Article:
Shifting the Frame of Evaluation from One of Accountability to Learning
A Sneak Peek at The Great Nonprofit Evaluation Reboot
A sneak peek at the Great Nonprofit Evaluation Reboot
By Amy Latham, Vice President of Philanthropy at The Colorado Health Foundation
If you’ve picked up The Great Nonprofit Evaluation Reboot: A new approach every staff member can understand, chances are you have at least a passing interest in evaluation and how it can be used to make your work more effective. Perhaps you’ve come to this book out of a sense of dissatisfaction with how evaluation has worked—or not—to improve your nonprofit’s programs or services. Or maybe you are ready to lead a conversation within your organization about how evaluation can increase the impact of your nonprofit in your community.
Unfortunately for many folks working in the social sector, the word “evaluation” conjures negative reactions—worries about finger-pointing, concerns about funder reactions, or fear of negative public perceptions if the results aren’t all positive. Deciding to evaluate your program’s effectiveness, and then figuring out how to do it, can be a daunting proposition. But it shouldn’t be. It’s the simple act of asking what’s working, what’s not working, and why. It can lead to profound insights and, ultimately, improvements to our work that increase the impact we are having in the communities we are here to serve. Who wouldn’t want to take part in that? How different would our world be if we all used the approach that Elena Harman advocates here—asking ourselves smart questions, thoughtfully aligning our approaches to answering those questions, and then collectively using the information that we gather to make informed decisions for improvements? Reading this book has affirmed my belief in, and ignited my passion for, evaluation as a tool for increasing impact.
I’ve been working in the nonprofit field for nearly twenty years. In that time, I’ve worn many hats, including executive director, communications manager, development person, and board member. Elena’s advice on how evaluation can contribute to the effectiveness of each one of these roles, as well as the unique vantage point that each plays in effective evaluation, is both insightful and practical. For the last ten years, I’ve worked at a health foundation that is fortunate enough to have a wonderful evaluation team whose members serve as critical learning partners to the program staff. I’ve come to understand that I’ve been fortunate in my experience with evaluation and that much of the field is stuck in the accountability frame that Elena advocates against so articulately in this book. The field of nonprofit evaluation is evolving in positive ways. Nothing, however, is quite the breath of fresh air as Elena’s unequivocal call to shift the frame of evaluation from one of accountability to learning. She offers simple tips that provide easy ways to get started no matter your role or your experience with evaluation.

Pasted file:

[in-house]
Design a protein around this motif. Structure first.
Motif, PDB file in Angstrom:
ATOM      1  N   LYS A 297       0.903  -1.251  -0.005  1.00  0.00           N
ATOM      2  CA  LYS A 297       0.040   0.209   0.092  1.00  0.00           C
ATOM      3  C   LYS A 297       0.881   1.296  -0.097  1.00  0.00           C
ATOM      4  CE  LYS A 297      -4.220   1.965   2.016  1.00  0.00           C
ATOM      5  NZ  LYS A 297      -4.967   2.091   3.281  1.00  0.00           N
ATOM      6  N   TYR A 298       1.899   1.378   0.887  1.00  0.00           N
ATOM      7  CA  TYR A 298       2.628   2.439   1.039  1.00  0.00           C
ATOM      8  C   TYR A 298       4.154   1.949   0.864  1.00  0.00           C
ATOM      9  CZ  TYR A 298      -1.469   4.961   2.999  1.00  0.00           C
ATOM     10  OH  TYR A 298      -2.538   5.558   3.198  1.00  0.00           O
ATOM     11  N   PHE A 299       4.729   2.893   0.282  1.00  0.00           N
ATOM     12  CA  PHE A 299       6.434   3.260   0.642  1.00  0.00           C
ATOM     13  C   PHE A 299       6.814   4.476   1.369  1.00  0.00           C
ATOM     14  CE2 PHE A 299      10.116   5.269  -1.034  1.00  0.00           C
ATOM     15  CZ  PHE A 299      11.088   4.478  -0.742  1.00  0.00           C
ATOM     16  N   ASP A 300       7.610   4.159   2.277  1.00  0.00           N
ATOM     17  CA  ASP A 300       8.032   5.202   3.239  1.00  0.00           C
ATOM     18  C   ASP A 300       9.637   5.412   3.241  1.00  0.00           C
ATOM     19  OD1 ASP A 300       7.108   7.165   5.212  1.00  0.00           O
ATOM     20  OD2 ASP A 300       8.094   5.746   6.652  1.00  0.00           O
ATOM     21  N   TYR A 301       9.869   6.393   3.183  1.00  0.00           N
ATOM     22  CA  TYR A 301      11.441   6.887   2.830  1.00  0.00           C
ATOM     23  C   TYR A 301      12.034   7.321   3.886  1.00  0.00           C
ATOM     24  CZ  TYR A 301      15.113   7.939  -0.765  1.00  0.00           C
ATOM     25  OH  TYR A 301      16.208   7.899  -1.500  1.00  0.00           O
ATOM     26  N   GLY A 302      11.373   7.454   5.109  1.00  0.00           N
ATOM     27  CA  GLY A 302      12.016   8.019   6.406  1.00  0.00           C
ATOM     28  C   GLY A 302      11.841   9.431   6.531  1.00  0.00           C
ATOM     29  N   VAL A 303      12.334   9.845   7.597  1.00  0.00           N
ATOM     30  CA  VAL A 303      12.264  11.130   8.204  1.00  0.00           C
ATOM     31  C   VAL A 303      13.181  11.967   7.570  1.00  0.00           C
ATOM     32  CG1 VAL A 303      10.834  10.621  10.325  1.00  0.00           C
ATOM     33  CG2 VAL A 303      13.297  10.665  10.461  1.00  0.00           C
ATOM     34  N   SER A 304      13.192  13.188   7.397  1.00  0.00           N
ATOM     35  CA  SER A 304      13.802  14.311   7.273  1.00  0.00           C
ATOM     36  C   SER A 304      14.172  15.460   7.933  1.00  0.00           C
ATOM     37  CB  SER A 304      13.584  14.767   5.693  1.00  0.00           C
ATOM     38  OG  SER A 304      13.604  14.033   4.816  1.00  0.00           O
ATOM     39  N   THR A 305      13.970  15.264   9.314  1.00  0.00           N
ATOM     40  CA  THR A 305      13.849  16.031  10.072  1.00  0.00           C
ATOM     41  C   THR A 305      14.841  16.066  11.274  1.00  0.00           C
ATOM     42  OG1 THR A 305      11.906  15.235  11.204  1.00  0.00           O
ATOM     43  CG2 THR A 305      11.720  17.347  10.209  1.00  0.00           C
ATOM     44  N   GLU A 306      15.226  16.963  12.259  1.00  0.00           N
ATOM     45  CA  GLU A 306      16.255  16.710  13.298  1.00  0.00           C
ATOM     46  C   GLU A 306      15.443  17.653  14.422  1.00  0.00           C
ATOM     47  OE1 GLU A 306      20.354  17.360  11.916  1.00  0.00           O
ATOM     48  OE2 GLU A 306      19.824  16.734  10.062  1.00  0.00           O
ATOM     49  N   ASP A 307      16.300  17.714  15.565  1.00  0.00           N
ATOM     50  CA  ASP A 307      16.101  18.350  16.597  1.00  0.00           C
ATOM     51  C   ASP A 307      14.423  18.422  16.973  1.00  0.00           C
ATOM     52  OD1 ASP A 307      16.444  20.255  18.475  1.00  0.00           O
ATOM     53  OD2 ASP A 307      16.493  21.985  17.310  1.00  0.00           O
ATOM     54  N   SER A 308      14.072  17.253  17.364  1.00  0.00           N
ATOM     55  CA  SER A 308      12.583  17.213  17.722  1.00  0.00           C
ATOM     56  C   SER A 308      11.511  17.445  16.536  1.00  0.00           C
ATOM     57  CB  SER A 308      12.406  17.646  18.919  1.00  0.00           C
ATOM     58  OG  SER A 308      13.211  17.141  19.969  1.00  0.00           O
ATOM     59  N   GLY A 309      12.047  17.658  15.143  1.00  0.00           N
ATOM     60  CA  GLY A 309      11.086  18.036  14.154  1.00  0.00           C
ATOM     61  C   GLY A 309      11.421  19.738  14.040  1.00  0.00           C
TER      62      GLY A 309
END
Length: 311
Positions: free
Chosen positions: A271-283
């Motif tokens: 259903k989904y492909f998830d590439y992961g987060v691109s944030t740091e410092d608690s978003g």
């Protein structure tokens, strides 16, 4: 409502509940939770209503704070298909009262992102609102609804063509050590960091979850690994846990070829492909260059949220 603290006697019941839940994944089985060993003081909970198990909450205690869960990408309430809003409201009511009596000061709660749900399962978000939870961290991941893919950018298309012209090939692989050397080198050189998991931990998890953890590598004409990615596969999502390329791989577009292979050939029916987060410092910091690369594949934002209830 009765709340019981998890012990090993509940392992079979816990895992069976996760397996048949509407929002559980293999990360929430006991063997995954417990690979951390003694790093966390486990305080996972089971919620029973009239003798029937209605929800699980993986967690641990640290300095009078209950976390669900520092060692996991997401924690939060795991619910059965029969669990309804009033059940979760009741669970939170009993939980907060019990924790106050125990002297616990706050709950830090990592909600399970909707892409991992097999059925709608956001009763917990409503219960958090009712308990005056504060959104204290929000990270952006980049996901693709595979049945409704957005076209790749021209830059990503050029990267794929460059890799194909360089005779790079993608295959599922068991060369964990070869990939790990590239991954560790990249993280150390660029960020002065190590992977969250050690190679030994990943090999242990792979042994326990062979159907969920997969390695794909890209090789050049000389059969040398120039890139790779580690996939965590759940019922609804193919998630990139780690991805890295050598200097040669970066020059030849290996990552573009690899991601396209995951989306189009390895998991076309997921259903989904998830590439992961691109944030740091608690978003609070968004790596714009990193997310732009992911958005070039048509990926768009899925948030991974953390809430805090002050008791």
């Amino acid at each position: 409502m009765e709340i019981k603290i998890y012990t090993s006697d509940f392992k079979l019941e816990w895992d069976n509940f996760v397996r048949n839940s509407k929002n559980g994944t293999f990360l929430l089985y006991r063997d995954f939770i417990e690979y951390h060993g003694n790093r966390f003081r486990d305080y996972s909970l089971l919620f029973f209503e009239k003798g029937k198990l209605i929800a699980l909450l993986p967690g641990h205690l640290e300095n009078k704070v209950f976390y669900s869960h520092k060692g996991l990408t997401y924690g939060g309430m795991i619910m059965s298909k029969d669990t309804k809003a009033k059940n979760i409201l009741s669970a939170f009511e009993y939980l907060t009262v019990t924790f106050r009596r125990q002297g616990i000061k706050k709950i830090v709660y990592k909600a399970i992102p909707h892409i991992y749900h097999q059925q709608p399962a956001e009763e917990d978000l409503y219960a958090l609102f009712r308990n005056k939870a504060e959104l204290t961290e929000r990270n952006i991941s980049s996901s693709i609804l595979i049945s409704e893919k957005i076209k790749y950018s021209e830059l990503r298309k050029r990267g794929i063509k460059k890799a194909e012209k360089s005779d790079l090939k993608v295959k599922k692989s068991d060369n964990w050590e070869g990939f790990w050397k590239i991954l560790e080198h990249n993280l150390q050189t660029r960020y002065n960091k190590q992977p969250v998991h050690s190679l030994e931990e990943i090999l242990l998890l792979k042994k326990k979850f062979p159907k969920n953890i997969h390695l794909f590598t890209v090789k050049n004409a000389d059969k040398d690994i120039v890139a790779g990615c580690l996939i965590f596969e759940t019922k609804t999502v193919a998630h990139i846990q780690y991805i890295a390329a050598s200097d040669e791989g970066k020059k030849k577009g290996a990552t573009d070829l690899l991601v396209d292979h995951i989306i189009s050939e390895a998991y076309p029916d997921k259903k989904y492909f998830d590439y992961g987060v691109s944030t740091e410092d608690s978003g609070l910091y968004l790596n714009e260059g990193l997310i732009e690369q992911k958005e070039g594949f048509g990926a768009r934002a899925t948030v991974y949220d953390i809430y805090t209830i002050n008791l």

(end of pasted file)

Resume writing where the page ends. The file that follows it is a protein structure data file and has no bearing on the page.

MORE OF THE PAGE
I had the pleasure of working with Elena when she was fresh out of college—excited about her role as an evaluator at the foundation we worked for and brimming with enthusiasm and ideas for how we could use data to improve our work. At that time, I recognized but didn’t fully understand Elena’s passion for evaluation. Flash forward eight years, and I’m sitting in a room with Elena, who now owns her own business. She is helping our foundation team examine the impact of our funding in the area of access to primary care. Light bulbs are going off for me right and left as I digest the “data sandwiches” that Elena and her team have developed. I’m thinking of ways we can apply what we learned to our work going forward, and I cannot wait to share the results with other staff, with my boss, with our board. Because we sat together with Elena and her team to develop the evaluation questions, there was not just interest, but a hunger for the data that her team would find. The approach absolutely guaranteed that the evaluation data would be used by our team in trying to improve our funding approaches.
Here’s why this book is so critical: communities are facing serious, urgent issues on a variety of fronts, and nonprofits cannot afford to waste time, resources, and energy. We need to know what’s working; we need to identify ways that we can improve; and we need to be doing this all the time, on an ongoing basis. It’s in that spirit that Elena offers a guide that anyone working in the nonprofit sector could pick up, read in a couple of hours, and start putting to use immediately. It’s a small investment in the effectiveness and impact of the work we do, but well worth it.
This post originally appears as the forward to our CEO and Founder Dr. Elena Harman’s new book, The Great Nonprofit Evaluation Reboot: A new approach every staff member can understand, which is now available on Amazon. Get more tips on how to measure what matters by signing up for our newsletter and following us on Twitter and Facebook. If you are in Colorado, we’d love to see you at our book launch party on February 12! Attendees receive a 25% discount on the purchase of the book.
Amy Latham | Vice President of Philanthropy at The Colorado Health Foundation
Amy is passionate about opportunity — more specifically, creating opportunities for all Coloradans to live healthy, fulfilling lives. Amy has been with The Colorado Health Foundation since 2008, serving as program officer and in communications roles before her current position. She loves being part of an organization with a meaningful mission that reflects her belief in the greatest good for the greatest number.